In recent years, research has suggested that ibuprofen could be used to treat uncomplicated urinary tract infections (UTIs) instead of the standard treatment of a short course of antibiotics.
However, new research from the University of Oslo, Norway, says this recommendation may set women up for serious complications and, potentially, prolonged infections.
The study, published in PLOS Medicine this week, found that women given ibuprofen instead of antibiotics to treat UTIs had a longer duration of symptoms. They also had more severe adverse events, including the spread of the primary infection.
The recommendation to treat UTIs with ibuprofen over antibiotics comes as more doctors and researchers fear a growing problem with antibiotic resistance.
There are also other medications available for treatment that are not antibiotic based.
As healthcare professionals prescribe more and stronger antibiotics, a collective resistance to the best antibacterial drugs may be growing.
That’s a serious public health problem.
One in five women will experience a UTI in their lifetime. Some women will have many more. Repeated use of antibiotics could be a concern, especially for women with recurring UTIs.
That’s why the effort to find a nonantibiotic treatment for something as common as UTI has been widely welcomed by the larger medical community. But this study, and several others like it, suggests there isn’t yet a safe alternative for all women.
“This is a fairly recurring theme that erupts every year or so,” said Dr. Rick Pescatore, DO, an attending physician and the director of clinical research for the department of emergency medicine at Crozer-Keystone Health System in Chester, Pennsylvania. “It’s a direct result of a very small 2010 study that suggested ibuprofen might be similar to an antibiotic not generally recommended to use for the treatment of UTI due to bacterial resistance.”
Pescatore says the study created the illusion of efficacy and gave a “head start” in its comparison to antibiotics. “Multiple investigations since then have consistently demonstrated ibuprofen to be inferior — and possibly even an independent risk factor for harm — when compared to antibiotics,” he said.
Adding to Pescatore’s evidence is this new study of 383 women in three Scandinavian countries. Their uncomplicated UTIs were treated in one of two ways: with a standard course of antibiotics for three days or with ibuprofen for symptomatic relief.
During the test, the women’s symptoms, bacterial growth from urine samples, and any adverse events were tracked. These adverse events could include broader infections or hospitalizations.
This study found that women who took ibuprofen took three days longer to get well on average.
Only 39 percent of women treated with ibuprofen recovered from their symptoms by day four, compared with 74 percent of women treated with antibiotics.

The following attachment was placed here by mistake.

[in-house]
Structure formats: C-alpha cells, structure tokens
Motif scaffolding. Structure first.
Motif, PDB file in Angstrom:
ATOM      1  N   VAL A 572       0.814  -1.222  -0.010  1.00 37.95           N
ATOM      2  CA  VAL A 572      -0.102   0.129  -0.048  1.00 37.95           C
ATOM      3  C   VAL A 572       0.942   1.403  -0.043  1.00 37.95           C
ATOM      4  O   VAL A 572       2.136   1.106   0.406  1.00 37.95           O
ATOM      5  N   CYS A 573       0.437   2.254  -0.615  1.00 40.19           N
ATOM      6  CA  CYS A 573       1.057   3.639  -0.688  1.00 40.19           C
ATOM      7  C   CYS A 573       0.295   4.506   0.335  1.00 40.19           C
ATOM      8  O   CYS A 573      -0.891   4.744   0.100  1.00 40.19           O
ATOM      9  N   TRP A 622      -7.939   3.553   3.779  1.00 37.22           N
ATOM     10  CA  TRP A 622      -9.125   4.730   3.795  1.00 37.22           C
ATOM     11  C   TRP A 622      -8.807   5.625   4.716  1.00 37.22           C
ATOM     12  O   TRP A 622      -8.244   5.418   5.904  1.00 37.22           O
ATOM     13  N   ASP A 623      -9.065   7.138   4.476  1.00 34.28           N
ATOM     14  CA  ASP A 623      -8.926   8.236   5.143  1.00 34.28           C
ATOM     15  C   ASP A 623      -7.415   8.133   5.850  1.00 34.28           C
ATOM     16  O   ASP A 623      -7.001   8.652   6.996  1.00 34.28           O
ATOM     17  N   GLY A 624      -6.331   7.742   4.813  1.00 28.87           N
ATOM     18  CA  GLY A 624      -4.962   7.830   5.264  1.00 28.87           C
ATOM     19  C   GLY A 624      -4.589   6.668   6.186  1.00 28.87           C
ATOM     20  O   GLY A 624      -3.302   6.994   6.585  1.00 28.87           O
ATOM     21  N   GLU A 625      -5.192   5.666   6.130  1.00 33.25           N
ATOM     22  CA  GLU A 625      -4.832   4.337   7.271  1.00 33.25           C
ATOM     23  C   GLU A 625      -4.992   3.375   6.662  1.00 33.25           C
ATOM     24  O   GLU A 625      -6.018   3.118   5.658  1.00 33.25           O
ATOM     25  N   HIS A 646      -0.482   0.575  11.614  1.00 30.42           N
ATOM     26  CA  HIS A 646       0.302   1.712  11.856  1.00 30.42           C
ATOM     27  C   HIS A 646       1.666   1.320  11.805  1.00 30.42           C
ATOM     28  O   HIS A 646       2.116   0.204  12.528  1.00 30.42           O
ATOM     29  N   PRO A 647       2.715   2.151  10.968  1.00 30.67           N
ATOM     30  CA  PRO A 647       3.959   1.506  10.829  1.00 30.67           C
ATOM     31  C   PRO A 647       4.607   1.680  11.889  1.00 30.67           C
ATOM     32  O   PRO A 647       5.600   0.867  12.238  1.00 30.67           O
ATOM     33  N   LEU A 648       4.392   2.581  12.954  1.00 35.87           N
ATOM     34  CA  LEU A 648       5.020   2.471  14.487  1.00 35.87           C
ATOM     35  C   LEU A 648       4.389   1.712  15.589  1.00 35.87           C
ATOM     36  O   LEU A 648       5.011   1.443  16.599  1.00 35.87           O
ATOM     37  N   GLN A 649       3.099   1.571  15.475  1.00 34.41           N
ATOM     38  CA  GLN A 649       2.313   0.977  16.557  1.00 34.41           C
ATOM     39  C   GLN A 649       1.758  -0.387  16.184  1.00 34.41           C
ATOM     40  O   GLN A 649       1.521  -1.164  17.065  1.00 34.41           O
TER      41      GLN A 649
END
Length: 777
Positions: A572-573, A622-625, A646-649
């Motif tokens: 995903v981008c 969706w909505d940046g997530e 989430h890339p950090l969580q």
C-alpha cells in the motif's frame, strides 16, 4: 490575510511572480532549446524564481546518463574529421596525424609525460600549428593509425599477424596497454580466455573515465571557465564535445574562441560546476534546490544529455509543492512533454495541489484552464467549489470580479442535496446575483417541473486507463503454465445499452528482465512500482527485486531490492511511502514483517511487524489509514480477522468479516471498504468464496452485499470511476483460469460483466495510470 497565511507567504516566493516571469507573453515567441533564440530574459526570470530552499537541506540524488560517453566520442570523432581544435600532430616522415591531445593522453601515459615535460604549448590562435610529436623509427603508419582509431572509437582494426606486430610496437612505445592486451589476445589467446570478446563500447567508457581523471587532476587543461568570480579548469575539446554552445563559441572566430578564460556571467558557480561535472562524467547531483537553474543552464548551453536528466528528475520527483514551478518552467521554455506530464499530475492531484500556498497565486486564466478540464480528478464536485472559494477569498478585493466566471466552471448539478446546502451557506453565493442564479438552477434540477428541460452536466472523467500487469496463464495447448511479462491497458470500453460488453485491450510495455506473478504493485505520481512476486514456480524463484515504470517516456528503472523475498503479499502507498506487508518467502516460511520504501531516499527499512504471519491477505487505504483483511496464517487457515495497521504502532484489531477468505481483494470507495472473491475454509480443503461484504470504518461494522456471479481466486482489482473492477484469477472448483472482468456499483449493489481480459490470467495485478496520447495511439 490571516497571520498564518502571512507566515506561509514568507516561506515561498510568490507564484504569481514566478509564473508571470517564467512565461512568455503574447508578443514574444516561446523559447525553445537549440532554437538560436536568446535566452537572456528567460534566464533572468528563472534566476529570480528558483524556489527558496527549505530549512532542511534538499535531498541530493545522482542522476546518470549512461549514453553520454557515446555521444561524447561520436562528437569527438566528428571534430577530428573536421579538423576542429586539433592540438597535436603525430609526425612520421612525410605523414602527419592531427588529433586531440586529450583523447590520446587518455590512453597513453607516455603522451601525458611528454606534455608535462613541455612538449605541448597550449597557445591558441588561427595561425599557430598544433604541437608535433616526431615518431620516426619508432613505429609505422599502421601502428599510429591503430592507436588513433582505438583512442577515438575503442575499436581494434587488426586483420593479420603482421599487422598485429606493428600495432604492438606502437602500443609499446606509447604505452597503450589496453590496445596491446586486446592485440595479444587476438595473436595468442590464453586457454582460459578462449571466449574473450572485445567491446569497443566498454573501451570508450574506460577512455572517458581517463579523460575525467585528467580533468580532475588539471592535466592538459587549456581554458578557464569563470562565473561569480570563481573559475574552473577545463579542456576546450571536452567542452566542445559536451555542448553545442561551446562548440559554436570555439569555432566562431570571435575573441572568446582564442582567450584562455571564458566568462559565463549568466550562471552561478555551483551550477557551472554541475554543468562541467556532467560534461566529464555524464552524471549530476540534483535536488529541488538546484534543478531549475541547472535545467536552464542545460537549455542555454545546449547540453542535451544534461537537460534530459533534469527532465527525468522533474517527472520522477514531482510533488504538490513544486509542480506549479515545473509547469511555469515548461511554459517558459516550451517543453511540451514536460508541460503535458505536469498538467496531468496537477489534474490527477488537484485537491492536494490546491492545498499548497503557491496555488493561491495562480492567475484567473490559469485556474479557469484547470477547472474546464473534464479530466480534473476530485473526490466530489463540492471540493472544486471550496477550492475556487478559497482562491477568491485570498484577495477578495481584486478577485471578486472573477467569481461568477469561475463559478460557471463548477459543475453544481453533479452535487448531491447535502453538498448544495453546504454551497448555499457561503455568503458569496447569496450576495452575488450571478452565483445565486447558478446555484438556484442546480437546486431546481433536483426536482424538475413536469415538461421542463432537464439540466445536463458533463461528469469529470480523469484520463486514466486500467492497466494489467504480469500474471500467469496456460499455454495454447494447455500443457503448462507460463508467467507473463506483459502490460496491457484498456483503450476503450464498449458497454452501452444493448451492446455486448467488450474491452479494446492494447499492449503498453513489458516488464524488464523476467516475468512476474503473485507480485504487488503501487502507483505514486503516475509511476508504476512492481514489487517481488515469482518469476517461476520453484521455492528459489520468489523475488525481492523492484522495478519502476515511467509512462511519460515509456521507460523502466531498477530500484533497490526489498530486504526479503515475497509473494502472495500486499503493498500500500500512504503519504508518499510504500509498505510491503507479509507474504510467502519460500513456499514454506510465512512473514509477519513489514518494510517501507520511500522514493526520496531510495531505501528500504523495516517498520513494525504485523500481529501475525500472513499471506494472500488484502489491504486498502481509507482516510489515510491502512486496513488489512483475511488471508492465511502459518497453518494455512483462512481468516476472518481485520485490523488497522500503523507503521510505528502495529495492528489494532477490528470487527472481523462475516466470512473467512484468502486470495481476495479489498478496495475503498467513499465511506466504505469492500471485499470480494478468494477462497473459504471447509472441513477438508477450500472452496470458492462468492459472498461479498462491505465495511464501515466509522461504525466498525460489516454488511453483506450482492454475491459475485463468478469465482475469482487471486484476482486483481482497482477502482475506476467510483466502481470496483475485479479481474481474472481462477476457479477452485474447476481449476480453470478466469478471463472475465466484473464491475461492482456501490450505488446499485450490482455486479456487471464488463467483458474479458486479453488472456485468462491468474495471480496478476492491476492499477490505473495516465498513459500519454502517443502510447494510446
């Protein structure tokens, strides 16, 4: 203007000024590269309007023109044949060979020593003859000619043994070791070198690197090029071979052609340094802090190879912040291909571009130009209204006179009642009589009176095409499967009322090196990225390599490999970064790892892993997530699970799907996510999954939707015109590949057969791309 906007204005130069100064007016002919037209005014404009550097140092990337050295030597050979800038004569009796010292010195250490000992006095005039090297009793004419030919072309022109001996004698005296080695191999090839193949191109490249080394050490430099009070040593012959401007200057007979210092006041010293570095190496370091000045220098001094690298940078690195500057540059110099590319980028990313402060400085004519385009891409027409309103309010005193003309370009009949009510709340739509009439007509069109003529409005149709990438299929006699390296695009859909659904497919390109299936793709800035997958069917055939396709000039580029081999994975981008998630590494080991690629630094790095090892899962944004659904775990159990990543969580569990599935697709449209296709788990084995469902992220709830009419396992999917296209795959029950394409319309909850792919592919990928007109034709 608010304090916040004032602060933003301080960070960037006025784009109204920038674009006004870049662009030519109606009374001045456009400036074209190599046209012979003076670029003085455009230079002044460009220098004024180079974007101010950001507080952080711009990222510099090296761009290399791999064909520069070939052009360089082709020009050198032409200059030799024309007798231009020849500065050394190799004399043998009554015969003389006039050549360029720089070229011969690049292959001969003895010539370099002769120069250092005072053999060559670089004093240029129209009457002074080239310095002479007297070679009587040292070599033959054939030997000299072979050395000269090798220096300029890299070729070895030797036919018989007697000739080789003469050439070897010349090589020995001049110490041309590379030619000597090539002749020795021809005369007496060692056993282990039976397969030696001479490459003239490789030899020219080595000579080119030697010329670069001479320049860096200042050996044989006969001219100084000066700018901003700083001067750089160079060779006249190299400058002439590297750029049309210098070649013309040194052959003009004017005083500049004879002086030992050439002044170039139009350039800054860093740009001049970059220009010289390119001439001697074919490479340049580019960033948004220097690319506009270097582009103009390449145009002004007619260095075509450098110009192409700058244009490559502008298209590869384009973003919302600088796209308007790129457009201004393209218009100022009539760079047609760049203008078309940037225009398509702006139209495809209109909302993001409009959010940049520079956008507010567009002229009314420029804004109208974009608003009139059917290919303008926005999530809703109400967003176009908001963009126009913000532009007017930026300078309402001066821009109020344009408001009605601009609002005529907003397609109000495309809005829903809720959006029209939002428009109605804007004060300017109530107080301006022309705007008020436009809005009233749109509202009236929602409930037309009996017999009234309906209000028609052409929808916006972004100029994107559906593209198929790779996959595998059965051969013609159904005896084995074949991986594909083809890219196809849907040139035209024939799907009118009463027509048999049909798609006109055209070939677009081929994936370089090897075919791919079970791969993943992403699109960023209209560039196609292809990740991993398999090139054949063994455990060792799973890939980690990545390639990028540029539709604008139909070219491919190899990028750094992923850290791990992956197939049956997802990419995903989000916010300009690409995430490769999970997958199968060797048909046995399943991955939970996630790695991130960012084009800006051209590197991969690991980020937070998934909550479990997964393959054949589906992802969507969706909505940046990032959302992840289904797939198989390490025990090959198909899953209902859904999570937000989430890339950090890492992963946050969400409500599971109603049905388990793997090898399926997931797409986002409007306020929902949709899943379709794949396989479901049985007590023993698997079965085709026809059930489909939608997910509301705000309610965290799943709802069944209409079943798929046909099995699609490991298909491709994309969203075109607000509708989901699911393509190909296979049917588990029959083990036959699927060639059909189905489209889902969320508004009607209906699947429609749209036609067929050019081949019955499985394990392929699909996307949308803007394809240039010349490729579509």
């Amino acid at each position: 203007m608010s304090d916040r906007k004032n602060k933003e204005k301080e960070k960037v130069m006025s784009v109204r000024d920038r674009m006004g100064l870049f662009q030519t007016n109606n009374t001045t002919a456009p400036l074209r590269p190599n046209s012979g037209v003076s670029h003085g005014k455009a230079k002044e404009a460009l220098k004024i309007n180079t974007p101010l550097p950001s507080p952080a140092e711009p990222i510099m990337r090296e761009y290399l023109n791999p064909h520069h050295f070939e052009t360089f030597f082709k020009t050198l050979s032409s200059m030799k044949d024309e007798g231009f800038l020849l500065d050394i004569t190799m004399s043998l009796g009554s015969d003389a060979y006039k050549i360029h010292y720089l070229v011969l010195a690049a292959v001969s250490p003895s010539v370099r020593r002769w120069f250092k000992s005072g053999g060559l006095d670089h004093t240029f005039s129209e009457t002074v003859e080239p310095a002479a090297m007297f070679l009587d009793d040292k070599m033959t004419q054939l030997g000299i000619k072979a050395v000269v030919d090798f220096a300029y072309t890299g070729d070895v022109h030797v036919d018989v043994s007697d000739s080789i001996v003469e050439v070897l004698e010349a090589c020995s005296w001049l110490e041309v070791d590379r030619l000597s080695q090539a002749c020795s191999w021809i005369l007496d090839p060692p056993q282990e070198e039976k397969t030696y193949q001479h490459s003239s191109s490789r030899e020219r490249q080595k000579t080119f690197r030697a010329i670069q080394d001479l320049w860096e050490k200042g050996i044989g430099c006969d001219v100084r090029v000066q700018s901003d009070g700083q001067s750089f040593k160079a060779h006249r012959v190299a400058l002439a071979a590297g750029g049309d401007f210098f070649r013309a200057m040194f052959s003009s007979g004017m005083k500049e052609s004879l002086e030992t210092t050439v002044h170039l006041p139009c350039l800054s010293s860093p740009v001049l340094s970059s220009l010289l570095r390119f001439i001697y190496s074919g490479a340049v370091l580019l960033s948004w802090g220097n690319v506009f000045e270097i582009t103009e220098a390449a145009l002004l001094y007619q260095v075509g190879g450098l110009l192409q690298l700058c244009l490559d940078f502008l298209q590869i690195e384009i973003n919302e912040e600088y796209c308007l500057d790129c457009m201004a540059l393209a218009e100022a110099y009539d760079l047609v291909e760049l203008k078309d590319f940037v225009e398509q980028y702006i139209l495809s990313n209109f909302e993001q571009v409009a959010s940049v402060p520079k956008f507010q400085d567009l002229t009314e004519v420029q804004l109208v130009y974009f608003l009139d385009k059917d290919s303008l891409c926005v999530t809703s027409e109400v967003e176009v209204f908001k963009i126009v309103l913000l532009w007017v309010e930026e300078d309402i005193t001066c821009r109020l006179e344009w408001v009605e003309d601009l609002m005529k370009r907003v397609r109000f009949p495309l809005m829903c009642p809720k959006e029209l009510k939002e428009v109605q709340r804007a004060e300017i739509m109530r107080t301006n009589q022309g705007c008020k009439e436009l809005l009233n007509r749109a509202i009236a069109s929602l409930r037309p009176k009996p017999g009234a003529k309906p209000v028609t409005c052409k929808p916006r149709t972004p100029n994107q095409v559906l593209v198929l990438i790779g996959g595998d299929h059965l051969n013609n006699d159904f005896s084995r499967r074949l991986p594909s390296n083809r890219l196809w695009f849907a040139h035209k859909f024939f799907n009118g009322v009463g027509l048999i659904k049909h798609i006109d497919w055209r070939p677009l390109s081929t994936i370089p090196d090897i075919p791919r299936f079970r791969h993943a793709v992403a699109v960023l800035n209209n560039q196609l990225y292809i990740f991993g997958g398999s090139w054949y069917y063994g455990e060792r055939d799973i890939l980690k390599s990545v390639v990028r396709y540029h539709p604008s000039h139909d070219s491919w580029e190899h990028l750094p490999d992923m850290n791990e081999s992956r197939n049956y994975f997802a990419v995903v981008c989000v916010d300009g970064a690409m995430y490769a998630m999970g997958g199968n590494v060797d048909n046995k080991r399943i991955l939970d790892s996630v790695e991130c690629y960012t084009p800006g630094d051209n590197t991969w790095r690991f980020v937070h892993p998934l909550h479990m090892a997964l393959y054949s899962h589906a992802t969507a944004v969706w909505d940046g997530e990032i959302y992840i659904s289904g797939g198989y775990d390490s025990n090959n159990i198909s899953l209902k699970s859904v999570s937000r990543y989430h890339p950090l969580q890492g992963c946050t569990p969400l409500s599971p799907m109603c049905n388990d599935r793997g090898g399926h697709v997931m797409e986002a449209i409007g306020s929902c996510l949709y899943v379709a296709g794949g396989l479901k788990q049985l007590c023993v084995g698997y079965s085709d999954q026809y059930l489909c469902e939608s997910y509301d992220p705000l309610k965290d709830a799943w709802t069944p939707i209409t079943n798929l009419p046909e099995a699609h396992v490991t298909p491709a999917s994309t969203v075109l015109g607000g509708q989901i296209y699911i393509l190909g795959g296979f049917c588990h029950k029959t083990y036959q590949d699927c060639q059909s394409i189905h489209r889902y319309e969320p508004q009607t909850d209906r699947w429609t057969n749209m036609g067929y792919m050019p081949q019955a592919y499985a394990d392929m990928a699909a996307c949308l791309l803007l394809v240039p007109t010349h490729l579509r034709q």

Additionally, 12 of the women treated with ibuprofen developed febrile urinary tract infection, a more serious infection in the upper urinary tract.
Another 3.9 percent of patients developed a serious kidney infection. These complications did not occur in women in the antibiotics group.
The study’s findings do point at the hope some doctors have for the treatment of UTI with ibuprofen. Indeed, more than half of the patients treated initially with ibuprofen recovered without taking antibiotics. This suggests doctors may be able to reduce exposure to antimicrobial medicines and still get results.
The study researchers say their findings are enough to state that ibuprofen treatment for UTI isn’t a safe recommendation because of the risk of serious upper urinary tract infections and other complications.
“Initial treatment with ibuprofen could reduce unnecessary use of antibiotics in this group. However, until we can identify those women in need of antibiotic treatment to prevent complications, we cannot recommend ibuprofen alone to women with uncomplicated UTIs,” the study authors stated.
Pescatore agrees with this decision. “There are no guidelines or recommendations to support the use of ibuprofen instead of antibiotics in the treatment of UTI,” he said.
Plus, Pescatore added, ibuprofen and other nonsteroidal anti-inflammatory drugs (NSAIDs), may actually causes issues, too.
“Ibuprofen and the rest of the NSAID cousins are not benign drugs, and those same trials which have since demonstrated that ibuprofen isn’t superior to antibiotics in the treatment of UTI have also demonstrated some of the significant risks associated with its use,” Pescatore said. “Ibuprofen can be damaging to kidney function, either through direct injury or through suppressing some of the inflammatory changes in the body, which are an appropriate and helpful response to infection.”
Dr. Kimberly L. Cooper, urologist at ColumbiaDoctors and associate professor of urology at Columbia University Medical Center, does actually recommend ibuprofen and other over-the-counter pain killers for UTI symptoms.
“Bacteria in the urine is not always pathological, and the symptoms associated with it — discomfort with urination, urgency, frequency — can be transient. Therefore, antibiotics aren’t always necessary,” she said. “This is why ibuprofen use is encouraged, for symptomatic relief, and sometimes that’s all that’s necessary.”
If you’re experiencing signs of a UTI, talk with your doctor about the best course of treatment.
They may suggest antibiotics right away, or they may agree that treatment with ibuprofen will be enough to reduce symptoms until the infection resolves on its own.
If you develop fever, back pain, and nausea, “seek medical care immediately,” Cooper said.